FIG. 8 is a diagram illustrating user's actions of moving the mobile terminal in a direction from right to left according to Embodiment 1.

As described above, the mobile terminal A1201 can switch presented details according to a received ID. Therefore, for example, as illustrated in FIG. 8, it is possible to switch pieces of product information of a rack A1801 and a rack A1802 which the user has viewed. In other words, when the user causes the mobile terminal A1201 to face the rack A1801 and then face the rack A1802, the mobile terminal A1201 sequentially receives an ID from a base light A1803 and an ID from a base light A1804. Therefore, the mobile terminal A1201 can sequentially display product information corresponding to the ID received from the base light A1803 and then product information corresponding to the ID received from the base light A1804.

As described above, the mobile terminal A1201 can present the user with pieces of information corresponding to an ID obtained by visible light communication with a device selected according to an attitude of the user.

It should be noted that the terminal including the communication device according to the present embodiment is not limited to the mobile terminal A1201 having image capturing units on the front and on the back. The terminal may be a watch. The following describes an example of the situation where the terminal including the communication terminal according to the present embodiment is a watch (watch-type device) with reference to FIG. 9.

FIG. 9 is a diagram illustrating an example of the situation of using a watch-type device according to Embodiment 1.

The watch-type device A1901 illustrated in FIG. 9 includes a light receiving unit A1902 on the front part and a light receiving unit A1903 on the side part. The light receiving unit A1902 corresponds to the above-described front camera A1202 (first image capturing unit), and the light receiving unit A1903 corresponds to the above-described back camera A1203 (second image capturing unit).

The watch-type device A1901 also includes an acceleration sensor.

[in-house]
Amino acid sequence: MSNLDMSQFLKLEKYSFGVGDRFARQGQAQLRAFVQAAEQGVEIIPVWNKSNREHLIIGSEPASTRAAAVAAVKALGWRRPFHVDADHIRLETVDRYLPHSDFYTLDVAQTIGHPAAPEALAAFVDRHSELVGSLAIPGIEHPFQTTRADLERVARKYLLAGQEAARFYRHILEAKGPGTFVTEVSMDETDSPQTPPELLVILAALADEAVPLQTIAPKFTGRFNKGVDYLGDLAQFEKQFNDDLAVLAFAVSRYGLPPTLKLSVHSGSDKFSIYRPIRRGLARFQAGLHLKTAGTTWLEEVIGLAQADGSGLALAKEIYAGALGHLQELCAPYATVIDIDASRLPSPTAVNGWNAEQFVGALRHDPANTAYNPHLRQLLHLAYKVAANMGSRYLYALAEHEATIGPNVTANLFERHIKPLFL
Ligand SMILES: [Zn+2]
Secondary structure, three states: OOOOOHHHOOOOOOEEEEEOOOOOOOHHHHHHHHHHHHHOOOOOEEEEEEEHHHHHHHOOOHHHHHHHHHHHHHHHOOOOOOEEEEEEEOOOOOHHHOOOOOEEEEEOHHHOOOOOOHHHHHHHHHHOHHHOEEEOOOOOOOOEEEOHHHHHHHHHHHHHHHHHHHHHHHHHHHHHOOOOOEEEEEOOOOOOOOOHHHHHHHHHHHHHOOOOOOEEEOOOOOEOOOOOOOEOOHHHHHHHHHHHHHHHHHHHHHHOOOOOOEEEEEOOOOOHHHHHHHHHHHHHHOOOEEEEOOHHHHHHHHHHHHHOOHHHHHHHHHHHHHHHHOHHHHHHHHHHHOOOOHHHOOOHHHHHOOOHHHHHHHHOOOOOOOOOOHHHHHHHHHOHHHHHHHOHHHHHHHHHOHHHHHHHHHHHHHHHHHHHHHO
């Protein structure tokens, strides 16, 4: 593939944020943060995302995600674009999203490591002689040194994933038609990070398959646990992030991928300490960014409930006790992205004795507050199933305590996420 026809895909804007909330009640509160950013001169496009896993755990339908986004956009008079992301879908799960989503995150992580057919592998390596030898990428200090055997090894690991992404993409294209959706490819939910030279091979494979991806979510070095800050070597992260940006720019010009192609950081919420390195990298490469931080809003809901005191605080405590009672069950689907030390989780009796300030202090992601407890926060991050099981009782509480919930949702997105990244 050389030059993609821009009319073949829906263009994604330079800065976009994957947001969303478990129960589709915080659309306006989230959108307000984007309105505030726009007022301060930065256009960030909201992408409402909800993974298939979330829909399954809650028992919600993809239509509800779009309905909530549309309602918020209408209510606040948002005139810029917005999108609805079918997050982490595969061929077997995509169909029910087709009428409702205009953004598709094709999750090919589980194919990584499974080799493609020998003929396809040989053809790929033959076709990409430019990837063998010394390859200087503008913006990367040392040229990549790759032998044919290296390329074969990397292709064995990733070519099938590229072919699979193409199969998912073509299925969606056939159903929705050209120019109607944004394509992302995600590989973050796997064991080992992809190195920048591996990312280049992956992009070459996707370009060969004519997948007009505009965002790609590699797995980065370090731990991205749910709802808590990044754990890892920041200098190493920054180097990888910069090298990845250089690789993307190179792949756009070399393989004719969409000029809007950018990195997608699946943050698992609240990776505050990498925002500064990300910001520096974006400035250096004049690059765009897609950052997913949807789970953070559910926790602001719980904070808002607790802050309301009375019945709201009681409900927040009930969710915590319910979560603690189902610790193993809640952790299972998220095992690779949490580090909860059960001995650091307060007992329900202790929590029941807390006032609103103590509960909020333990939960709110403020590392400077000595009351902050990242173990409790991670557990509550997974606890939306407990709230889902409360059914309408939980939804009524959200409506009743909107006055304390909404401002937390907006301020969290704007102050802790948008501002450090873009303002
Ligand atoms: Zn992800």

If, for example, as illustrated in FIG. 9, the front part of the watch-type device A1901 faces a direction parallel to the ground, the watch-type device A1901 operates the light receiving unit A1902 and the light receiving unit A1903. The light receiving unit A1902 receives light emitted from a ceiling light A1904, and the light receiving unit A1903 receives light emitted from a base light A1905.

More specifically, the watch-type device A1901 uses the light receiving unit A1902 to perform visible light communication with the ceiling light A1904 (second device) that is located above the user and emits visible light, so as to obtain position information of the ceiling light A1904 (second device). On the other hand, the watch-type device A1901 uses the light receiving unit A1903 to perform visible light communication with the base light A1905 (first devices) that is located in front of the user and emits visible light, so as to obtain product information of the product rack provided with the base light A1905 (first device). Then, according to the user's selection, the obtained position information is displayed as a current position of the user on the display unit together with map information of an area where the user is present, or the obtained product information is displayed on the display unit.

It is also possible that the watch-type device A1901 may switch between the light receiving unit A1902 and the light receiving unit A1903 at predetermined intervals, and the switched light receiving unit A1902 or the light receiving unit A1903 is used to perform visible light communication.

As described above, the mobile terminal or the watch including the communication device according to the present embodiment is used.

The following describes the structure of the communication device according to the present embodiment.

FIG. 10 is a diagram illustrating a whole configuration of a communication system according to Embodiment 1.

The communication system according to the present embodiment includes at least a mobile terminal A11001, a lighting device A11002, a lighting device A11003, and a server device A11015.

[Structure of Lighting Device A11002]

The lighting device A11002 includes an ID storage unit A11004, an encoding unit A11005, an illuminance pattern storage unit A11006, and a light emitting unit A11007. The lighting device A11002 corresponds to the second device, such as the ceiling light A1101 illustrated in FIG. 1 or the ceiling light A1904 illustrated in FIG. 9.

The ID storage unit A11004 is a memory region. In the ID storage unit A11004, identifiers each uniquely identifying an individual, such as media access control (MAC) addresses, are previously written.

When the lighting device A11002 is supplied with power, the encoding unit A11005 reads an ID from the ID storage unit A11004, and converts the ID to an illuminance pattern of the lighting, in other words, an illumininace of the lighting at corresponding timing, and stores the illuminance pattern to the illuminance pattern storage unit A11006.